Peso depreciation: ‘Preparing for the worst’
(Second of two parts)
MANILA, Philippines—As many weigh in on the benefits and risks of the peso’s depreciation, an economist suggested that the country should “prepare for the worst.”
In July, almost a month after the peso started depreciating swiftly after hitting 53:$1 on June 10, Finance Secretary Benjamin Diokno said the public should not feel concerned yet with the peso depreciation.
Aside from considering the benefits of the peso’s losses, Diokno explained that one way to assess the peso’s performance is by looking at how it compares with other currencies.
“You should not be concerned with the peso because the right way to look at the peso is if [it’s] competitive. How do you measure that? The technical term is real effective exchange rate,” the chief economic manager said.
“How does it compare with other currencies? We’re in the middle of the pack, so our currency is competitive,” he added.
In the same month, the peso closed at P55.67 against the US dollar. According to banking giant DBS, on a year-to-date basis, the peso has depreciated the most among currencies in the six largest economies of the Association of Southeast Asian Nations (Asean).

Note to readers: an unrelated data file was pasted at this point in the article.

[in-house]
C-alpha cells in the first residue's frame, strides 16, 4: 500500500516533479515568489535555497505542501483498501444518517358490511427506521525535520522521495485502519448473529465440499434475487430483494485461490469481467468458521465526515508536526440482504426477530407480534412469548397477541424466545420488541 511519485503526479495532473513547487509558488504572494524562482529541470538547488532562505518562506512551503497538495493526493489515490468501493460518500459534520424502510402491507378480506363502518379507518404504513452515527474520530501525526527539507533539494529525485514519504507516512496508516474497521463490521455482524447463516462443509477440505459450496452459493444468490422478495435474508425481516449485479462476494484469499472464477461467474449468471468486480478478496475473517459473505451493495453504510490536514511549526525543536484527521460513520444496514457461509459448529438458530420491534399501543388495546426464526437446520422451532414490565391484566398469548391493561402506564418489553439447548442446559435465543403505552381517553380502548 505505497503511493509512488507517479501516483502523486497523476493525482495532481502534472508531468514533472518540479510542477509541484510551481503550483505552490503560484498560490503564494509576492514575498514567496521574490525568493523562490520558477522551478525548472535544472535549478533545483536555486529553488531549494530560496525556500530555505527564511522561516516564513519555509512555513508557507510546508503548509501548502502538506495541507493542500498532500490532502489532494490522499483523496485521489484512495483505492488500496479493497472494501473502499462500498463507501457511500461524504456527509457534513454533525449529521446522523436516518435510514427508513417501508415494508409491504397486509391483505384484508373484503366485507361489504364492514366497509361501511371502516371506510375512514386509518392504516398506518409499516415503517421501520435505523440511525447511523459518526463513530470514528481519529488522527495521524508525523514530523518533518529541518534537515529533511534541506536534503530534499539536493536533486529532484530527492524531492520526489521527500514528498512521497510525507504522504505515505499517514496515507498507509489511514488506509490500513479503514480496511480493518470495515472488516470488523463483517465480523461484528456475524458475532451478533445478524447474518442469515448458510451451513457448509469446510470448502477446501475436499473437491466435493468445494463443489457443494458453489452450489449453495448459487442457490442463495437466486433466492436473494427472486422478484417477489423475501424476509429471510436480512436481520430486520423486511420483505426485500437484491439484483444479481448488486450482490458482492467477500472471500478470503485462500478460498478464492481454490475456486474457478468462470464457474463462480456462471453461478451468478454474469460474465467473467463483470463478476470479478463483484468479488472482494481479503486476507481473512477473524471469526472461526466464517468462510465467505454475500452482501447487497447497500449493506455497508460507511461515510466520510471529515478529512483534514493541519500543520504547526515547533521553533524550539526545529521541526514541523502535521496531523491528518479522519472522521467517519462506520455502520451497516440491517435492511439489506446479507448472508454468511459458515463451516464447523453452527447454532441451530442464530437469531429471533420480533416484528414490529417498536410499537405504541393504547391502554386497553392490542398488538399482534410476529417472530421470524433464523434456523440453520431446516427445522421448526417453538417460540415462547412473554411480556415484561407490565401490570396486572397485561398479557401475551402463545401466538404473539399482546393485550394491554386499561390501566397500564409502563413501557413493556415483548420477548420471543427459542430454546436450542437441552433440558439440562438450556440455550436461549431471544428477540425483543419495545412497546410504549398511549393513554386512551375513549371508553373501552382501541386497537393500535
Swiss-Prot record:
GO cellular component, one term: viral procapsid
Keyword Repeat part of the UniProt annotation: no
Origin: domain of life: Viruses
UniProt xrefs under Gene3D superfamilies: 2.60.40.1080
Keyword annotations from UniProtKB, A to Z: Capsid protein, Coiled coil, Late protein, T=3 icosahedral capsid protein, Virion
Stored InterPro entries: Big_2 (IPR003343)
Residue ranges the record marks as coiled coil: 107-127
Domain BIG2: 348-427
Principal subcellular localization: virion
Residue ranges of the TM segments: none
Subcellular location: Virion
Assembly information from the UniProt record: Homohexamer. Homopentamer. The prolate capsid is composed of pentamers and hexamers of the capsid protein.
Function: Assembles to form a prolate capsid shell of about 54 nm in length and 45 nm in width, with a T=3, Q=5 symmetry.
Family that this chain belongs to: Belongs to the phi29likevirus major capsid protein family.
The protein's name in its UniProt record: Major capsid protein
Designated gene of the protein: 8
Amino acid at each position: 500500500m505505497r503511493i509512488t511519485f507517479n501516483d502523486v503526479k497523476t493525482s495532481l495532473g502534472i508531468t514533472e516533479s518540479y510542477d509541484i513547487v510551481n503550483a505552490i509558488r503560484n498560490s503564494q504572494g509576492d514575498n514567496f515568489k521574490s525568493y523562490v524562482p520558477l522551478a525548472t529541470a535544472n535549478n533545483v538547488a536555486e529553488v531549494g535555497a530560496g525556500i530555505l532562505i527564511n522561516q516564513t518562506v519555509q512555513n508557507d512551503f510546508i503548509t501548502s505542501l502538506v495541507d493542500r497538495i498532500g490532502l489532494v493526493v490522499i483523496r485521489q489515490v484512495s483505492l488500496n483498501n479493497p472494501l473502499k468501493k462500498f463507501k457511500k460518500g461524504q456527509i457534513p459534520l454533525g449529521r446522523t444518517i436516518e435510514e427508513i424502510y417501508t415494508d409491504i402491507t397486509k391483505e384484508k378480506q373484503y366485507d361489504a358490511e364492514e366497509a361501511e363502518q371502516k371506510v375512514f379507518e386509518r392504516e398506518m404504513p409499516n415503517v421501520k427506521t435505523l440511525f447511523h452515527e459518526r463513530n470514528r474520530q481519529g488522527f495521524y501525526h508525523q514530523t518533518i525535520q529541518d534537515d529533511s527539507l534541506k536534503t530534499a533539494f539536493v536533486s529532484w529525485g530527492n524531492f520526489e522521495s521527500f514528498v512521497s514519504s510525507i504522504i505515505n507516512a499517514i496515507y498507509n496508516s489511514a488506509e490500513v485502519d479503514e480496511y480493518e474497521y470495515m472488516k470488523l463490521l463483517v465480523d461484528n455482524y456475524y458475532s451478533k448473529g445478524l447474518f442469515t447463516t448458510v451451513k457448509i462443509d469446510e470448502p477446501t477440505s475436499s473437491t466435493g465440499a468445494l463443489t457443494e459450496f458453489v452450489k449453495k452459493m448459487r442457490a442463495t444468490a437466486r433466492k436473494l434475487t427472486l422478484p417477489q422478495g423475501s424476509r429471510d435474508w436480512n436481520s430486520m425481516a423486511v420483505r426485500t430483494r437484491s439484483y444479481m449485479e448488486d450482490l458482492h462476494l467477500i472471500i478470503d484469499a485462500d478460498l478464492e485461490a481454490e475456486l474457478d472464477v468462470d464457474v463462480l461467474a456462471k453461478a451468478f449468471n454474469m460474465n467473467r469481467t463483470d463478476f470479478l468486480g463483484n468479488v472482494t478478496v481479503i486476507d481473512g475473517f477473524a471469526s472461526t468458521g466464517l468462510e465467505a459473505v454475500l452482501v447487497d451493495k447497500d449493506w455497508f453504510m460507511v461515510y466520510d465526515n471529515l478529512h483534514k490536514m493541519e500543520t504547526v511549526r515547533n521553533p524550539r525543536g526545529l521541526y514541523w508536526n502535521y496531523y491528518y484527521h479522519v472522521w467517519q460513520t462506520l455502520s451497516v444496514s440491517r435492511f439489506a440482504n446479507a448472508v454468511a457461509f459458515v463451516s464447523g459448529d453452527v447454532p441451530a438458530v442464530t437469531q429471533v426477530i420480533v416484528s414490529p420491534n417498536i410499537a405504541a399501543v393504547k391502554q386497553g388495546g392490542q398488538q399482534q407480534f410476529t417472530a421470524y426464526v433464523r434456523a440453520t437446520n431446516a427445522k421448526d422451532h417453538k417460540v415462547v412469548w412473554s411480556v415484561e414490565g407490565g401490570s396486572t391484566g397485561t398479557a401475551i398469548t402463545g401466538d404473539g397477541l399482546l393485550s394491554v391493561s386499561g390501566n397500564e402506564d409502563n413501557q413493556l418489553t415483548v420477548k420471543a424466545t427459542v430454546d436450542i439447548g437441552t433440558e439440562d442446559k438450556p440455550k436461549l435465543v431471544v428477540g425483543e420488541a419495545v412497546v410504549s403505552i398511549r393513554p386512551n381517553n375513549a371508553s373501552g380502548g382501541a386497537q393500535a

At a news conference with the country’s economic managers in New York during President Ferdinand Marcos Jr’s US visit, Bangko Sentral ng Pilipinas (BSP) Governor Felipe Medalla assured that the local currency is still stable.
“Relative to Korea (won), relative to the Japanese yen, to the (British) pound, the Philippine currency is middle of the pack. If one takes a global view of the currency, it is actually quite stable, especially given this very difficult pivot of the US Fed,” Medalla said.
Peso’s depreciation and inflation
Citing what he said was the “good” side of the current peso depreciation—benefits to exporters, OFWs, tourism industry, and some domestic producers—economics professor and former socioeconomic planning secretary Cielito Habito said the government must be cautious of a rise in the inflation rate.
“We should not necessarily look at what’s happening as entirely bad news because there is a lot of good news in it. But it is to be admitted that because the peso is depreciating so much, the inflation is already being affected as well,” Habito told INQUIRER.net.
“Yes, there are winners, but the general public is also getting affected by higher inflation,” he added.
Last August, Medalla noted that the peso’s depreciation against the US dollar is adding inflationary pressure.
“There’s too much depreciation, that is bad on the inflation for the economy. And the central bank raises interest rates, of course, that will also affect the economy,” Medalla said at the Development Budget Coordination Committee’s (DBCC) briefing for the House Committee on Appropriations.
Former Philippine central bank deputy governor Diwa Guinigundo previously explained that “as a rule of thumb, every 1 percent decline in the value of the peso against the dollar results in an increase in the national inflation rate by 0.06 percent.”